It’s difficult for me to come up with examples…

LUKE: Well I’ll do it for you. This is actually a common discussion in philosophy. In earlier moral philosophy, it was assumed that you might have personal or selfish reasons to do something, but moral reasons were this kind of overriding type of reason, where what you ought to do is always the answer to the question: “What should you morally do?”

But recently, philosophy has taken a different track, at least in Western philosophy. Now we divide things into what you epistemically ought to do – like what should you do if you want to get at the truth – versus what should you do if you want to satisfy your own desires for a job promotion or a relationship or whatever… there’s another question of what you morally ought to do. There’s another question of what you ought to do according to a particular institution in human society like etiquette and where the fork goes.

These are all different types of oughts, and there’s a lot of debate about how we should weigh those. Is it the case that what you morally ought to do always overrides all the others, or are you sometimes globally justified in doing what fulfills your specific goals and sometimes the moral ought it not as important as that. Or should you always be pursuing the epistemic oughts and doing what you ought to do in order to get at the truth regardless of what the moral issues are or what the practical issues are of satisfying the desires that you have?

So this is a really big debate. A specific example would be: if what you morally ought to do is to hide nuclear secrets, because letting those out would do a great deal of damage, but maybe what you epistemically ought to do in that situation is share the nuclear secrets because then there’s gonna be more people working on this issue and you can get at the truth faster. So these seem to be in conflict. And most people in that case would say what you ought to do is what the moral ought is, but it’s hard to figure how you would answer a question like that, and again I think it’s because we have to define our terms first.

BRIAN: So let me get a personal opinion from you then, because I can think of a great real-world example of this: Wikileaks.

You’re familiar with the website, I’m sure.

LUKE: I am.

BRIAN: Well, are they doing a good thing or not? I know it’s not easy to answer, but simply put: They are releasing lots of classified information, potentially putting lots of American lives at risk, however what they’re uncovering is largely abuses by Americans on other people. A lot of people think that they are just doing an awful thing. Other people hail them as heroes. Where do you think they actually stand?

LUKE: So the question is, we’ve got this conflict between – you know, maybe it’s gonna be the case that releasing these documents ends up releasing the position of secret informants that could promote peace and justice around the world, and there will be some deaths as a result of the release of these documents about secret agents whose identity has been revealed… I think that’s a bit fanciful because Wikileaks has actually given the documents to the Pentagon and said, “This is what we have. Show us what you would want crossed off.” And the Pentagon refused to do that. So I don’t think the Pentagon really cares, but we’re not asking whether or not the Pentagon cares, we’re asking what should Wikileaks be doing.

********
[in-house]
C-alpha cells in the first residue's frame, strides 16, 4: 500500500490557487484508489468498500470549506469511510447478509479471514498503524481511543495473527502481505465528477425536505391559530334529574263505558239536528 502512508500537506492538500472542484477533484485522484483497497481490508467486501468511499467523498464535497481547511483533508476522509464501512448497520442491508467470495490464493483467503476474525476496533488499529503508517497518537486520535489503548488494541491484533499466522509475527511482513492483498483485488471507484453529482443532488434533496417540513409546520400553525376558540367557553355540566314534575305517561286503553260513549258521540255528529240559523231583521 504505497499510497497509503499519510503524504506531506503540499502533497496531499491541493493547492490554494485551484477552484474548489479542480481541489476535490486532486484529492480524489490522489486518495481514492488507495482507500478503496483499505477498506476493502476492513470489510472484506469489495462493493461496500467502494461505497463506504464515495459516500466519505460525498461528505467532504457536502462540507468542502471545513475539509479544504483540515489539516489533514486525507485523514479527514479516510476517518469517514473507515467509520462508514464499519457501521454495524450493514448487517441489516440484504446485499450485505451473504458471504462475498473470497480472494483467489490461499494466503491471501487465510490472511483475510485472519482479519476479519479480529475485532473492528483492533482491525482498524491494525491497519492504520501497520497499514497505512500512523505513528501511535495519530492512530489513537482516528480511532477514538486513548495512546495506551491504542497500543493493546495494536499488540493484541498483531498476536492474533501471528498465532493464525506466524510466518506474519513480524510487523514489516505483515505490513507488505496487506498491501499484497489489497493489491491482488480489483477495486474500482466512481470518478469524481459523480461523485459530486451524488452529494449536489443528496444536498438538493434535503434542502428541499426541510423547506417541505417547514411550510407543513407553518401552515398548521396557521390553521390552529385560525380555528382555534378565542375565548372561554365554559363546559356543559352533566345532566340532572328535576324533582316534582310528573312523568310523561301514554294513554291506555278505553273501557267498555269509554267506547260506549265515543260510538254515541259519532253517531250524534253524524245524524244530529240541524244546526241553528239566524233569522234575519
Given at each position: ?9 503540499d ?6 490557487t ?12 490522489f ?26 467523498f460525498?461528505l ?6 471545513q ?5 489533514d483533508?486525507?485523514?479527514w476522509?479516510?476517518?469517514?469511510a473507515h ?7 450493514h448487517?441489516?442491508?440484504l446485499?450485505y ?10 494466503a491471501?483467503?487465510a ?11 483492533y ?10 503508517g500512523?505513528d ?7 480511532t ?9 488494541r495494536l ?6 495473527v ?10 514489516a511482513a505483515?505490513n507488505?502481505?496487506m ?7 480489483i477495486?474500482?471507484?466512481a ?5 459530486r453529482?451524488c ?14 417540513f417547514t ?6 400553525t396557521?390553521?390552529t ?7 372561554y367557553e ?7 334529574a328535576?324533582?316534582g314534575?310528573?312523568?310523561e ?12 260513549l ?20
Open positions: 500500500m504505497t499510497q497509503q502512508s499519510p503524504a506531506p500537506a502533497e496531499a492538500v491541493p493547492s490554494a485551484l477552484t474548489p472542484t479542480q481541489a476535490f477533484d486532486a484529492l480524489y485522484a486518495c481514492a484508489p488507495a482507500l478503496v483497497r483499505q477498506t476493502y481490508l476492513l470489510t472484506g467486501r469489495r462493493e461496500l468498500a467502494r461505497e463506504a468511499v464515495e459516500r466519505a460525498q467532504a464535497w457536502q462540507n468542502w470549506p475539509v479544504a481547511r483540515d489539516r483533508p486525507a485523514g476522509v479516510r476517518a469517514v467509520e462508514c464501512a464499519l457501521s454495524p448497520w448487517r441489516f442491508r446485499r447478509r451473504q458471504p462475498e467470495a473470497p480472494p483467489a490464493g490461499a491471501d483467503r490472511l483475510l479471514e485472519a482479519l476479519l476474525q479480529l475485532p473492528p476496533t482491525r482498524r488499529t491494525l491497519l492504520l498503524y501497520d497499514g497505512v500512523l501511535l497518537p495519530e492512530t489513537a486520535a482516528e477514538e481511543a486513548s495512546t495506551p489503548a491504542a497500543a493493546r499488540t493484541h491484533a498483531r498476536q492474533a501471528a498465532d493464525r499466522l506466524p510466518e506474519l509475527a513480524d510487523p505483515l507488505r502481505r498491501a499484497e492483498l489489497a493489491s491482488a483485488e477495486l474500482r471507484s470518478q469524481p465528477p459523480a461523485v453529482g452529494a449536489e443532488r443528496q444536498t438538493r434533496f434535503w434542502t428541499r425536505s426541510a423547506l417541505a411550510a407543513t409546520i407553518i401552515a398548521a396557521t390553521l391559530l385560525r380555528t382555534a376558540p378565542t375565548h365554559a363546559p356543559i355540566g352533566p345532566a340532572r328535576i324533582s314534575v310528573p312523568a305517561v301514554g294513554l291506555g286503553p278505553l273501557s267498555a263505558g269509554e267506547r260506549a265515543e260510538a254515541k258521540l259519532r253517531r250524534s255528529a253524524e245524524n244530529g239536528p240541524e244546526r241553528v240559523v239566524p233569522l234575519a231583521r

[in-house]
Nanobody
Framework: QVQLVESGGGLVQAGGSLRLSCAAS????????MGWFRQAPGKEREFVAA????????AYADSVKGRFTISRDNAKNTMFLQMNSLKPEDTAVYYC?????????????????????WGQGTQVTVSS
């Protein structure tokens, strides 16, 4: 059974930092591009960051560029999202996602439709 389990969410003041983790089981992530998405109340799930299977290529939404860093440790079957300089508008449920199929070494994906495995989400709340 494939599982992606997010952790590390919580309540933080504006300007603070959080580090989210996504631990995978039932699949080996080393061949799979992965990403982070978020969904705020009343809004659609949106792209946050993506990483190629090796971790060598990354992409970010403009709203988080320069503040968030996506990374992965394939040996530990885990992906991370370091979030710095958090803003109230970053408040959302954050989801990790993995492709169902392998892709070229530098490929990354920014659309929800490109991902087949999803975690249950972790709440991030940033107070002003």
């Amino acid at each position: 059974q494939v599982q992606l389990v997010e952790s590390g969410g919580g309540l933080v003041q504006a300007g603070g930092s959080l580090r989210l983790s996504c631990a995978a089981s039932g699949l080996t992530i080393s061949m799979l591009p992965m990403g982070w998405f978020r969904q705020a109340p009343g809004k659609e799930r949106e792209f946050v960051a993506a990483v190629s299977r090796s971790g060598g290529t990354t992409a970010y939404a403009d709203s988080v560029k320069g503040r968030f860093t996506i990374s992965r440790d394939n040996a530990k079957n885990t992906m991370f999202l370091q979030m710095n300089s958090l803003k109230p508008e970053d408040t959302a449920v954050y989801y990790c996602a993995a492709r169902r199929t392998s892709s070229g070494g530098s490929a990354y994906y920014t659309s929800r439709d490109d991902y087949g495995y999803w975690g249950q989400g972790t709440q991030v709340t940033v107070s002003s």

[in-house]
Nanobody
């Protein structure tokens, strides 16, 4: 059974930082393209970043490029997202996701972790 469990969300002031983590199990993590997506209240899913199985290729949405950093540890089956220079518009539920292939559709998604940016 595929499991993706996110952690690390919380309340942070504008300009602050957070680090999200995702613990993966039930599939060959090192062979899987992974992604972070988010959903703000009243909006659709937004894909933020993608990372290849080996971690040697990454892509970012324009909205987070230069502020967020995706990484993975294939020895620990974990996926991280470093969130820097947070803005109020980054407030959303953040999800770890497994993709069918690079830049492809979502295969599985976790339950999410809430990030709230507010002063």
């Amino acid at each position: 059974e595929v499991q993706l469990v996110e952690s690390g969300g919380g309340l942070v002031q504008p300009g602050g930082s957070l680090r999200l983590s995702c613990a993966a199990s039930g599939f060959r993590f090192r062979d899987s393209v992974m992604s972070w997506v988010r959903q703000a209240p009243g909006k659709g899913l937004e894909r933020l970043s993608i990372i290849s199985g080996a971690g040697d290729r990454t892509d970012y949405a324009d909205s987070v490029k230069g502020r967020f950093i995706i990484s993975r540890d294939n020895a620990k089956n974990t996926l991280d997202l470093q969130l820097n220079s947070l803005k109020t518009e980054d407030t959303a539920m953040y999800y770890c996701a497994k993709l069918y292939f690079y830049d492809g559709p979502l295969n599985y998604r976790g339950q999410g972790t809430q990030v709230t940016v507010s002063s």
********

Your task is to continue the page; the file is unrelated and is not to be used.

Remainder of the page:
So if you’re talking about epistemic norms and epistemic oughts, maybe the thing to do is to release this information so that more people can be closer to the truth in working through these issues… But the other thing is the moral ought. Maybe releasing these documents is going to result in some deaths. How do we figure out which one we should be going at?

Is that the question?

BRIAN: Sure.

LUKE: I wish I had a simpler way to answer your question, but the only way I can answer your question is that we have to define morality first. We have to define epistemology first. Now luckily, we have a pretty good definitions for epistemology, but for morality we don’t have good definitions. So what morally ought we to do?

I mean, if you define that as ‘what we have most reason for action to do’, then that’s one type of answer. Or if by ‘morally ought’ you mean what would promote the greatest happiness for the greatest number, then that’s a different answer, and the only way we can solve the problem is to actually define the terms that we’re using.

But that makes it really hard!

BRIAN: No kidding.

LUKE: I was having a conversation with my uncle recently and I was describing these different types of moral theories that are out there, and after he listened to me for a couple of minutes he said, “Gosh. I am so glad I’m a Christian, because divine command theory is way easier than those other theories.”

The thing for me is that I want to resist the urge to go with the theory that’s easy for my primate brain to understand – you know, an easy theory would be one where you plug in the data and it spits the answer out and you’re done and you’ve got your moral answer and you can go out and do good according to that definition.

But I want to know what’s true. And that’s a different question than what’s easy.

BRIAN: My final two questions are gonna be pretty easy ones, really. The first one is, as I’ve said a few times already, I really don’t know what I’m talking about here. What should I be doing to find out more?

LUKE: What should you be doing to find out more about morality?